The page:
Allergic rhinitis

Allergic rhinitis is a widely known condition in the United States, where it affects one out of every five people. It occurs due to the overreaction of the immune system with allergic substances (or “allergens”). These allergens – such as pollens, mites, mold, pet dander and dust – are usually breathed in by the affected person. In general, allergic rhinitis can be of two types: namely, seasonal allergic rhinitis and perennial allergic rhinitis. The former – also known as hay fever – occurs due to allergens present outdoors while the latter occurs from allergens present indoors.

Allergic rhinitis has symptoms similar to cold. These symptoms are caused when the immune system – upon reaction with allergens – sends IgEs and histamines into the breathing airways. The most common symptoms of allergic rhinitis are:

  • Persistent sneezing;
  • Coughing;
  • Swelling around the eyelids;
  • Itchiness in the eyes;
  • Itchiness in the throat, mouth and the ears;
  • Soreness in the throat;
  • Runny nose;
  • Mild or severe headache;
  • Pressure or pain around the face;
  • Weakness;
  • Difficulty in listening, smelling or tasting;
  • Dark eye circles.

The immune system is responsible for protecting the body against germs and microbial organisms. When it senses allergens in the body, it treats the allergens in the same way as harmful viruses and bacteria, even though these allergens are not dangerous. This type of overreaction of the immune system is known as allergic reaction.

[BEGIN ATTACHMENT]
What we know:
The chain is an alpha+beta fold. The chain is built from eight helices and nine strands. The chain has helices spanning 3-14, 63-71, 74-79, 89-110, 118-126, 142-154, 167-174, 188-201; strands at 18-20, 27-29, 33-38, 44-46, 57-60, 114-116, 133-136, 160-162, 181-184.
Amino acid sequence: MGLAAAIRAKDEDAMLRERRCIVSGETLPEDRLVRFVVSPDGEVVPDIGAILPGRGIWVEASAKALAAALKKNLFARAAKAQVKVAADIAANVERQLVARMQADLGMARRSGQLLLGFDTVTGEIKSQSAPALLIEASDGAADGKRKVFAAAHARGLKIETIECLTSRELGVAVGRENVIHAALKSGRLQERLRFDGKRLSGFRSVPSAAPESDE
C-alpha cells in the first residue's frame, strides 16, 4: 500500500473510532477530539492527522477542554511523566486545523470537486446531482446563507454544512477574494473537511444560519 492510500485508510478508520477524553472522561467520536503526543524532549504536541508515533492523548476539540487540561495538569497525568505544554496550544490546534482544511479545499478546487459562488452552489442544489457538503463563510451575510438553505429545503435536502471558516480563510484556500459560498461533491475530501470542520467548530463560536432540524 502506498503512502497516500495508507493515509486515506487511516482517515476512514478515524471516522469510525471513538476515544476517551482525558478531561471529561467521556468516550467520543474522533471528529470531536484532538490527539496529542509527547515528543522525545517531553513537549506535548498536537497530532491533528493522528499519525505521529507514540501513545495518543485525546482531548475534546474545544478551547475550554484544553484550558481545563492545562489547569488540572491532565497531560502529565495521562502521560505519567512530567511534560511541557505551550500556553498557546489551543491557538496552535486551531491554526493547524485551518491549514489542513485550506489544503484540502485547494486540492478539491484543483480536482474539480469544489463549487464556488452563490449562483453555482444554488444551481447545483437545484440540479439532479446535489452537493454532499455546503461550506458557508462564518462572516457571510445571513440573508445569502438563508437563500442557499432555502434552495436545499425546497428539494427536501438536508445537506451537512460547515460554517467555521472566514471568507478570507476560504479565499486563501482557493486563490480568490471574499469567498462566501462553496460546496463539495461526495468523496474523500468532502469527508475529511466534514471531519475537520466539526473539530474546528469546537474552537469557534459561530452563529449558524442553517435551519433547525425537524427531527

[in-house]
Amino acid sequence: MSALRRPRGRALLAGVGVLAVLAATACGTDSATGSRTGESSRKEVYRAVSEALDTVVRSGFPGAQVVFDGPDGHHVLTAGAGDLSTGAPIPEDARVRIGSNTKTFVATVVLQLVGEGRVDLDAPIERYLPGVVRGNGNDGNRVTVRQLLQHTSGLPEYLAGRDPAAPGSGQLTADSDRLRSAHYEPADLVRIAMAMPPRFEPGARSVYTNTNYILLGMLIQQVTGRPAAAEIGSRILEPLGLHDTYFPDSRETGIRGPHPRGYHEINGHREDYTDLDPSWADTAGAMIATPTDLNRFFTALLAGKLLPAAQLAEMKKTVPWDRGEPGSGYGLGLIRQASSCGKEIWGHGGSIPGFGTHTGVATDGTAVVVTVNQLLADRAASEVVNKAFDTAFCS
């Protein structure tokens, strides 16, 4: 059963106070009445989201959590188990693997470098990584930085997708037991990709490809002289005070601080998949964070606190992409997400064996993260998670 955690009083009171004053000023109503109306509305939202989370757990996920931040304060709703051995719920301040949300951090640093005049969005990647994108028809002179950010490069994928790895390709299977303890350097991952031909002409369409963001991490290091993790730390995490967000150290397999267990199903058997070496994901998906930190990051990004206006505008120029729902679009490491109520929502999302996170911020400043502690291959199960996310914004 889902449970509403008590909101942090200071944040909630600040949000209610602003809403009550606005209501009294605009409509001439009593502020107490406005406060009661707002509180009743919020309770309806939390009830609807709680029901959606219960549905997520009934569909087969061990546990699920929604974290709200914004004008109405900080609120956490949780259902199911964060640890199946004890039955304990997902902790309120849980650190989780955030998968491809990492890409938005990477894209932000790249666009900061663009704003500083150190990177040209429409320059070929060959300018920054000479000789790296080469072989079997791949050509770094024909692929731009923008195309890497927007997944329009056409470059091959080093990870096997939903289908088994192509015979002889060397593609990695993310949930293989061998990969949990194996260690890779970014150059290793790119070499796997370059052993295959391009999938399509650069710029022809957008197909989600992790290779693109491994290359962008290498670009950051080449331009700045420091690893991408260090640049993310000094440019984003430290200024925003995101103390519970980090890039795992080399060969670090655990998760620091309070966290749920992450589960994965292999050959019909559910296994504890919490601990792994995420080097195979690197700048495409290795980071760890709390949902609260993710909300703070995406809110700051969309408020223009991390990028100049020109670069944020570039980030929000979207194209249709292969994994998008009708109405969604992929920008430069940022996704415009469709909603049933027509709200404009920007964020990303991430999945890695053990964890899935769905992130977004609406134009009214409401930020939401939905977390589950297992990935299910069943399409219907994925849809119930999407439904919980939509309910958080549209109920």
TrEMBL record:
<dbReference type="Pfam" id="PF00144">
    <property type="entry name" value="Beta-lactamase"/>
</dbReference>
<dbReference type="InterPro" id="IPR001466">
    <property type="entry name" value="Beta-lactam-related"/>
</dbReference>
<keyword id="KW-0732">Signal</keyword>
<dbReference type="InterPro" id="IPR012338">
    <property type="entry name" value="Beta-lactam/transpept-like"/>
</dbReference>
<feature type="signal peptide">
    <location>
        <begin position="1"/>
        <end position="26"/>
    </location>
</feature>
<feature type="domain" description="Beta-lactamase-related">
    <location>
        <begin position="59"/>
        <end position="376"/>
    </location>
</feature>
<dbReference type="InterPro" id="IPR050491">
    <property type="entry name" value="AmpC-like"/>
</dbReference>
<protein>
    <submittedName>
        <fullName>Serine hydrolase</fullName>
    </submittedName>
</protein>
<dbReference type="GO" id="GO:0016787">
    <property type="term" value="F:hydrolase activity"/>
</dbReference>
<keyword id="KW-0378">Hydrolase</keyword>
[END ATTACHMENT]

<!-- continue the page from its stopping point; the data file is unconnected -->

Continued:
Usually, people whose parents have allergies or who themselves have allergies are most likely to develop allergic rhinitis. Also, the risk is higher for men than women and people who breathe in secondhand cigarette smoke.

Diagnosing allergic rhinitis is easy – but with the help of a doctor. The doctor usually tries to find clues from the patterns of the symptoms. Information on whether the symptoms become more intense during a particular time period or whether symptoms aggravate when coming near to a pet, is especially helpful.

The doctor then observes the patient’s conditions closely (a “physical exam”) and then carries out a skin test. This skin test is usually a “scratch test”. Here, a little amount of allergens – which cause or are thought to cause – are put on to the skin of the patient with the help of a scratch or a needle prick. If the skin becomes red and swells to what is called a “hive” – within twenty minutes from the point of being in contact with the allergens – then it shows that the patient is suffering from allergic rhinitis. Further tests –such as blood tests – are conducted to determine the type of allergens responsible for causing this rhinitis.

The symptoms of allergic rhinitis are annoying and can easily take away attention from other important activities. As a result, people should try to manage these symptoms. This is best done by avoiding being in contact with allergens. However, this is not always possible since most of the allergens are present in the air. Even then, taking the following precautions will be helpful:

  1. Spend time indoors as much as possible.
  2. Keep the windows closed in order to prevent outdoor allergens like pollen from coming inside.
  3. Keep the air conditioner turned on always.
  4. Take a shower and changing clothes soon after returning home from outside.
  5. Keep the air in the bedroom allergen-free by using a HEPA air filter.
  6. Use dust mite covers for mattress and pillows.
  7. Never let pets inside the bedroom.
  8. Use hardwood or tile floors instead of rugs or carpets. Even if rugs are used, they must be regularly washed in extremely hot water.
Last updated on Aug 15th, 2010 and filed under Immune System. Both comments and pings are currently closed.

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